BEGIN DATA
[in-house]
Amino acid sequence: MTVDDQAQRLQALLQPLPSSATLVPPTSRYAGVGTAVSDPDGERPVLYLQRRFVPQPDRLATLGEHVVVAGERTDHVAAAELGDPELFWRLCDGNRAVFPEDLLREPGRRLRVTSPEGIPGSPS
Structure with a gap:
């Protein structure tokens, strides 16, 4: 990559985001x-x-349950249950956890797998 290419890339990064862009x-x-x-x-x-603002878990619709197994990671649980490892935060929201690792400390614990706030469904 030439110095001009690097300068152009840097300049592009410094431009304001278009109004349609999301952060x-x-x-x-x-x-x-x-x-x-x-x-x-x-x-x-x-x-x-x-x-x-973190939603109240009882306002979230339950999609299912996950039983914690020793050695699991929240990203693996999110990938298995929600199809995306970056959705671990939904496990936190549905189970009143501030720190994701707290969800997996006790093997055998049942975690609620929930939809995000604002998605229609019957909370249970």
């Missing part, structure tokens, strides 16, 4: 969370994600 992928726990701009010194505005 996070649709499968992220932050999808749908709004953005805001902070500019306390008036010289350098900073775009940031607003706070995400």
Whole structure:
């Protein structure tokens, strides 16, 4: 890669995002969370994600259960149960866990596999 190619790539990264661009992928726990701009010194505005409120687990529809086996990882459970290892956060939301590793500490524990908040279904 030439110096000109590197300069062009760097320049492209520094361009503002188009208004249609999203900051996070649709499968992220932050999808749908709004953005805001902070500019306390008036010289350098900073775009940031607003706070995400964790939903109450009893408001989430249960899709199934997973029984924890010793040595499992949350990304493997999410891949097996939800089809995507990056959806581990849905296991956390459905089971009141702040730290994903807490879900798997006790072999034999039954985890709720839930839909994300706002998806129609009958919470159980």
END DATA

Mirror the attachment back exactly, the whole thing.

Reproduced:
[in-house]
Amino acid sequence: MTVDDQAQRLQALLQPLPSSATLVPPTSRYAGVGTAVSDPDGERPVLYLQRRFVPQPDRLATLGEHVVVAGERTDHVAAAELGDPELFWRLCDGNRAVFPEDLLREPGRRLRVTSPEGIPGSPS
Structure with a gap:
């Protein structure tokens, strides 16, 4: 990559985001x-x-349950249950956890797998 290419890339990064862009x-x-x-x-x-603002878990619709197994990671649980490892935060929201690792400390614990706030469904 030439110095001009690097300068152009840097300049592009410094431009304001278009109004349609999301952060x-x-x-x-x-x-x-x-x-x-x-x-x-x-x-x-x-x-x-x-x-x-973190939603109240009882306002979230339950999609299912996950039983914690020793050695699991929240990203693996999110990938298995929600199809995306970056959705671990939904496990936190549905189970009143501030720190994701707290969800997996006790093997055998049942975690609620929930939809995000604002998605229609019957909370249970």
């Missing part, structure tokens, strides 16, 4: 969370994600 992928726990701009010194505005 996070649709499968992220932050999808749908709004953005805001902070500019306390008036010289350098900073775009940031607003706070995400």
Whole structure:
């Protein structure tokens, strides 16, 4: 890669995002969370994600259960149960866990596999 190619790539990264661009992928726990701009010194505005409120687990529809086996990882459970290892956060939301590793500490524990908040279904 030439110096000109590197300069062009760097320049492209520094361009503002188009208004249609999203900051996070649709499968992220932050999808749908709004953005805001902070500019306390008036010289350098900073775009940031607003706070995400964790939903109450009893408001989430249960899709199934997973029984924890010793040595499992949350990304493997999410891949097996939800089809995507990056959806581990849905296991956390459905089971009141702040730290994903807490879900798997006790072999034999039954985890709720839930839909994300706002998806129609009958919470159980």